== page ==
The poor responders, who failed to show any reduction in DAS28-ESR and rarely achieved remission, reflect the concept of difficult to treat RA proposed by de Hair et al. . However, as they had yet to fail two biologics, they could not meet the most recent EULAR criteria for this classification . A recent systematic review by Roodenrijs et al.  concluded that the heterogeneity between individual patients with difficult to treat RA suggests a range of different pathogenic mechanisms are involved. Obesity was one factor, and it has been identified in a number of previous studies [22, 23]. High initial HAQ scores have also been associated with poor responses and more flares [24, 25]: Goetz et al.  reviewed 30 studies and found baseline HAQ scores were consistently associated with treatment responses; Bechman et al.  evaluated a single study and found the association between high HAQ scores and subsequent flares persisted when baseline DAS scores were taken into account in an adjusted analysis. Another factor which we found predicted poor responses was baseline depression; this has been identified previously in trials and observational studies [26,27,28]. Currently depression is rarely measured in either routine care or research settings.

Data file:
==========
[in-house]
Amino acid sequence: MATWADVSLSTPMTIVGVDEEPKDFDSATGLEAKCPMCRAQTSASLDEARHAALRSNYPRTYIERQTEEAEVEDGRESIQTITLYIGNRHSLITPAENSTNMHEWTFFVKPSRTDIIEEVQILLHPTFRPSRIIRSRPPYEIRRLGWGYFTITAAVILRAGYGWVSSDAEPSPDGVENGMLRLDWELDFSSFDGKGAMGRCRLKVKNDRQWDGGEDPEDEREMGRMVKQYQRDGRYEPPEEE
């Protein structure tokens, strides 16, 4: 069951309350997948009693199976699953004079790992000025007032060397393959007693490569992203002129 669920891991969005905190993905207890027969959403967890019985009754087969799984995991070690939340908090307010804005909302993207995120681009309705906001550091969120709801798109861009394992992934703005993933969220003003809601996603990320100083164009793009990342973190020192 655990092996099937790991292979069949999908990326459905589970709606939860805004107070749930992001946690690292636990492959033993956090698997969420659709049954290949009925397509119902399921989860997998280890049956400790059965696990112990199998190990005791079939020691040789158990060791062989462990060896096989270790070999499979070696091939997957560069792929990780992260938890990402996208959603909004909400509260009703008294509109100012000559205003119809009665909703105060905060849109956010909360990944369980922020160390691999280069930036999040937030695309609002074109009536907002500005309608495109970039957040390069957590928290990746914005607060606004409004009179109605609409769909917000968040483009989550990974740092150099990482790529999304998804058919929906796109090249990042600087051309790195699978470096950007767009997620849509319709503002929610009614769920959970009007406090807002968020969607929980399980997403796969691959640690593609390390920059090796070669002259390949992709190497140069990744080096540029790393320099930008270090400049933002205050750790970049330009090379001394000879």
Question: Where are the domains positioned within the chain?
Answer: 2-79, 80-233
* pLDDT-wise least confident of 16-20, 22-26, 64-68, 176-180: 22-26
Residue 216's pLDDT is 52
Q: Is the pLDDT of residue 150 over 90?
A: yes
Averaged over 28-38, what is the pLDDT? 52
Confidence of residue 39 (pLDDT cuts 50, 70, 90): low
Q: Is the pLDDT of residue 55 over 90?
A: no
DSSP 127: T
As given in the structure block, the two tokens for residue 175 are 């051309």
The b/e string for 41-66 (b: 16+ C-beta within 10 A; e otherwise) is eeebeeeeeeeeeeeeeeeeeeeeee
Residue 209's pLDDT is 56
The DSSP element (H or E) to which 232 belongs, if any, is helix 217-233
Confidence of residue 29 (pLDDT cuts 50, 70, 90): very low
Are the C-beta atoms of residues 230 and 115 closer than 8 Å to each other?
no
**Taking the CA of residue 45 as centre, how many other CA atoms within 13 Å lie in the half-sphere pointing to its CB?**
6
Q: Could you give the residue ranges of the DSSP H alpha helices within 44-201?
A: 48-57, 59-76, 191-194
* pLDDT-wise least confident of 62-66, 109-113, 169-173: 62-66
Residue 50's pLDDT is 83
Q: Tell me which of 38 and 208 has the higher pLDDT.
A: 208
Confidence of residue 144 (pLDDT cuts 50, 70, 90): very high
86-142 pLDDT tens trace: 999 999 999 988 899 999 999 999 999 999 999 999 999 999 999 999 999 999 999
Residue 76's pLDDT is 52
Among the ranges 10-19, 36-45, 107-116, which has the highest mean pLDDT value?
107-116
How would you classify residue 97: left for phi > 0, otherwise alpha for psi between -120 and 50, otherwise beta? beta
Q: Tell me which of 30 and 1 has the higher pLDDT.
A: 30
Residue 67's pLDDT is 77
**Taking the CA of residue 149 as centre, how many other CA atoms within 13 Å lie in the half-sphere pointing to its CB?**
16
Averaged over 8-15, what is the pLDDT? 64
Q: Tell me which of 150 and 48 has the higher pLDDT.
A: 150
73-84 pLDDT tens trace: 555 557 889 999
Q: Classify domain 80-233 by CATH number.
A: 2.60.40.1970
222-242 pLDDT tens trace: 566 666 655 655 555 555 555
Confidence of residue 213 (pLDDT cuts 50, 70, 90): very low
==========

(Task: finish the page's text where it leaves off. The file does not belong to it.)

Many trials compare treatments using a binary endpoint outcome, such as whether patients achieved remission. Using trajectories provides the opportunity to undertake a more nuanced assessment. Increasing both the numbers of good and moderate responders identified using GBTMs may be equally clinically relevant as simply increasing the numbers of patients achieving remission. Consequently, using GBTMs to assess response may identify differences in treatments which show superficially similar efficacy using binary outcome assessments.